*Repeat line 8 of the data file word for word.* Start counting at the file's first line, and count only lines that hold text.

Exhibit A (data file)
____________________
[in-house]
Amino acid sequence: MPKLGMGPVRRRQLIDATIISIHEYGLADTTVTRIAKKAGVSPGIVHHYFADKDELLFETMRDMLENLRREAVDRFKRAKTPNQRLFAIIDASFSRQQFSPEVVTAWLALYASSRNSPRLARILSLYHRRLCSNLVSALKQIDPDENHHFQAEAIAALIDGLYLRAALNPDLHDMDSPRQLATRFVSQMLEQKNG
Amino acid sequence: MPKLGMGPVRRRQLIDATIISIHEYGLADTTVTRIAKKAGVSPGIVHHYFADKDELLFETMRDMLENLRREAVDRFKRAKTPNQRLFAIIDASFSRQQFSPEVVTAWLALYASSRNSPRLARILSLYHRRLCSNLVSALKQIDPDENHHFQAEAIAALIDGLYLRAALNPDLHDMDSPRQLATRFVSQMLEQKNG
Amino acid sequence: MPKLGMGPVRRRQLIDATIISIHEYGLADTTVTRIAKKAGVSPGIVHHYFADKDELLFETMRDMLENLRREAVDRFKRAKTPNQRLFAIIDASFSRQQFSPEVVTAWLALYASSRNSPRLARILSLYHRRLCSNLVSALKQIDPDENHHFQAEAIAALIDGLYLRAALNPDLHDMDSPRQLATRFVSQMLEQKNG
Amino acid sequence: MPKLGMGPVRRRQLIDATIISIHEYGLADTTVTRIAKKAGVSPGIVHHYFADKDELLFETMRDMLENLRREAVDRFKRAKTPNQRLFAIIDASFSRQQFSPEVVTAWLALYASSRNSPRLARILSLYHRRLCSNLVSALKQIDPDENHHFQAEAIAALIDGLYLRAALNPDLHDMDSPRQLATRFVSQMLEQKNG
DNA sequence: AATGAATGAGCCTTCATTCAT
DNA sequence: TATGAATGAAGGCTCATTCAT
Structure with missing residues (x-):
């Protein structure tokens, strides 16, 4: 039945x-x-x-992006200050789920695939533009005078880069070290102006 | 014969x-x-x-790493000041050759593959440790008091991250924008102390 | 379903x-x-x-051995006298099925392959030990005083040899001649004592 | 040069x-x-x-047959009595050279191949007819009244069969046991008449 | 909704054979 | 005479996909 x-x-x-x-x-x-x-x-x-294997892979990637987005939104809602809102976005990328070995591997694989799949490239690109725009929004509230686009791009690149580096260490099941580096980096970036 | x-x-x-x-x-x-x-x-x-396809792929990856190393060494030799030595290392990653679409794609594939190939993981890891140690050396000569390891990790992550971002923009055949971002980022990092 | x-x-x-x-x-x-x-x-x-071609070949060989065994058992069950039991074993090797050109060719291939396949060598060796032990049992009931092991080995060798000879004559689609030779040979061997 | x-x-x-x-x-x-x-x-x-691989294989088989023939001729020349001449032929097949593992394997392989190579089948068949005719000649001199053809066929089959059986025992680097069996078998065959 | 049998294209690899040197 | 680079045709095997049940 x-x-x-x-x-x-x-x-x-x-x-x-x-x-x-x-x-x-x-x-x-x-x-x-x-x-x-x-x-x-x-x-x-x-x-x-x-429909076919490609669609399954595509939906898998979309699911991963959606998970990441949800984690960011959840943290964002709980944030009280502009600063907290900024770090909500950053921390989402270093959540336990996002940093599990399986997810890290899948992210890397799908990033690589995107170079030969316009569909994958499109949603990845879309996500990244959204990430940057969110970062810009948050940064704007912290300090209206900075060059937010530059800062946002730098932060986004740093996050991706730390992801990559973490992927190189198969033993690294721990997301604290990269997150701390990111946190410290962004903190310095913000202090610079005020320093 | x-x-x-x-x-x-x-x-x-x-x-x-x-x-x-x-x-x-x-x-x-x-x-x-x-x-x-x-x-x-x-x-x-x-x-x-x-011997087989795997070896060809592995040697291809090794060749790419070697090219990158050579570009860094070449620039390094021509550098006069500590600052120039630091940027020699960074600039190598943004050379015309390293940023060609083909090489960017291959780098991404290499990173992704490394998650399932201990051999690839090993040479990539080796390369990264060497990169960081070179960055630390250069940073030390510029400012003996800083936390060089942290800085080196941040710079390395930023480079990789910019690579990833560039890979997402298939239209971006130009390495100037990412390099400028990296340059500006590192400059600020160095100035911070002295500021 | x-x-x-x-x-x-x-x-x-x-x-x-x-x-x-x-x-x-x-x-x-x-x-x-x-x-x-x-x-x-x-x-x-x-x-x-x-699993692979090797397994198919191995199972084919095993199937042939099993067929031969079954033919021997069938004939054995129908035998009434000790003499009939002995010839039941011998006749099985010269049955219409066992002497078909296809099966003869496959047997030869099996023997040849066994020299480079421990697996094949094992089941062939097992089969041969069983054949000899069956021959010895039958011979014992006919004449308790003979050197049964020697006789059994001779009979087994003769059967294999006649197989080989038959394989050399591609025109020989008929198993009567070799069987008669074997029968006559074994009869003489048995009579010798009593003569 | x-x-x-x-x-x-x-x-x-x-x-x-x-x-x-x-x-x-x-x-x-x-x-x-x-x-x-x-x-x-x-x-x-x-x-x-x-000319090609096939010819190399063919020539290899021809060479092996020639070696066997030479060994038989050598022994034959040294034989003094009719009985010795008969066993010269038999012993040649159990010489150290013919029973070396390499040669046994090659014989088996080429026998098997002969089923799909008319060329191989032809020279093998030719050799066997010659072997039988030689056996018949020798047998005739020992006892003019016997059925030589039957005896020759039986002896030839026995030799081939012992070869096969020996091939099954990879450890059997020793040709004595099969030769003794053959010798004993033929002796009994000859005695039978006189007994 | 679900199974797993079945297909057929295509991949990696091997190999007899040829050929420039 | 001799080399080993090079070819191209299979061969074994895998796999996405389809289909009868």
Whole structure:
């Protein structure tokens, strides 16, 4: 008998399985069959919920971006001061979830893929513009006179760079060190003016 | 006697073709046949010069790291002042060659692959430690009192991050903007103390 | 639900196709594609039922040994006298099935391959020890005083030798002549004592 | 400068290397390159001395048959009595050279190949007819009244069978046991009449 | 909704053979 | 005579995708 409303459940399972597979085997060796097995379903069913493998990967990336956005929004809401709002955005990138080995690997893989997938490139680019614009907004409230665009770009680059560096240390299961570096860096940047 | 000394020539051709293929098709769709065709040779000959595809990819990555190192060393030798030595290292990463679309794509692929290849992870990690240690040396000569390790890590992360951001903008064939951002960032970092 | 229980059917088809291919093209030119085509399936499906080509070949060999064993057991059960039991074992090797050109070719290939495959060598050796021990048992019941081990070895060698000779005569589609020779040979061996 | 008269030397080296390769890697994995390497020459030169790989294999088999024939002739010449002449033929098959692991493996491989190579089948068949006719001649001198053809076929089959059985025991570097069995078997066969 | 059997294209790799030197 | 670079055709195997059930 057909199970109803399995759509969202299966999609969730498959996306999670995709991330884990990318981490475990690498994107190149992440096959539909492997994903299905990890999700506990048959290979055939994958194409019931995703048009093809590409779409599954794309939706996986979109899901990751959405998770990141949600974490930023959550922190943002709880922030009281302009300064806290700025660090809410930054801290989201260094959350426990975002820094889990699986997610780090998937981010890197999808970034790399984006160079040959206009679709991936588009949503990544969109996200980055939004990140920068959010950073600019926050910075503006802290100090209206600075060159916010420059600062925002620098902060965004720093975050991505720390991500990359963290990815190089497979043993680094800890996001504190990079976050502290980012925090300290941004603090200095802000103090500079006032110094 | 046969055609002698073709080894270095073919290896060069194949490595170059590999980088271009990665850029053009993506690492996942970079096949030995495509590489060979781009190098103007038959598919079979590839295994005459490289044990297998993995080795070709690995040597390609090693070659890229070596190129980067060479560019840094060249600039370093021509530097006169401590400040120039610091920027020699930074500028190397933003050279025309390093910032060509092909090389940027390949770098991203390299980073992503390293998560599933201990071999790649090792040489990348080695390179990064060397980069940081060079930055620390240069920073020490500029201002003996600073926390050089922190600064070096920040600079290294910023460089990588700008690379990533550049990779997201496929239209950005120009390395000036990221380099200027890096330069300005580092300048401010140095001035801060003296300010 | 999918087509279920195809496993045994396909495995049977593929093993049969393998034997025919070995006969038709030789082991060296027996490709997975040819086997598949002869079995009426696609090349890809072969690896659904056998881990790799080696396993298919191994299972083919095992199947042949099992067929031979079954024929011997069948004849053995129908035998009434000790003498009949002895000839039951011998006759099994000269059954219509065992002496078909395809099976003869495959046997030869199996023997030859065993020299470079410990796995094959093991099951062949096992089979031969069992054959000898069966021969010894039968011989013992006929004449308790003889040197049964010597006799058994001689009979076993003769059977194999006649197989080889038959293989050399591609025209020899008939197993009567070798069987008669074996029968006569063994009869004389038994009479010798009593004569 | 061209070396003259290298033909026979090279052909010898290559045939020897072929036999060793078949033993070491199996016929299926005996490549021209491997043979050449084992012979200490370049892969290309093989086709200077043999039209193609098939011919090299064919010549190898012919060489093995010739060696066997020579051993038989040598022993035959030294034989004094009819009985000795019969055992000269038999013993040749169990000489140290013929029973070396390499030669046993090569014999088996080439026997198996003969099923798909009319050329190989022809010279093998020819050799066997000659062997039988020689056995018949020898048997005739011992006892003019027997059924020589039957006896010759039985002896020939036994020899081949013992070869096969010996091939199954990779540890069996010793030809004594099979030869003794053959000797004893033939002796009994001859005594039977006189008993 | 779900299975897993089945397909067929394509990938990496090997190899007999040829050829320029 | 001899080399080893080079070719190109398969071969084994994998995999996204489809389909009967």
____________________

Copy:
Structure with missing residues (x-):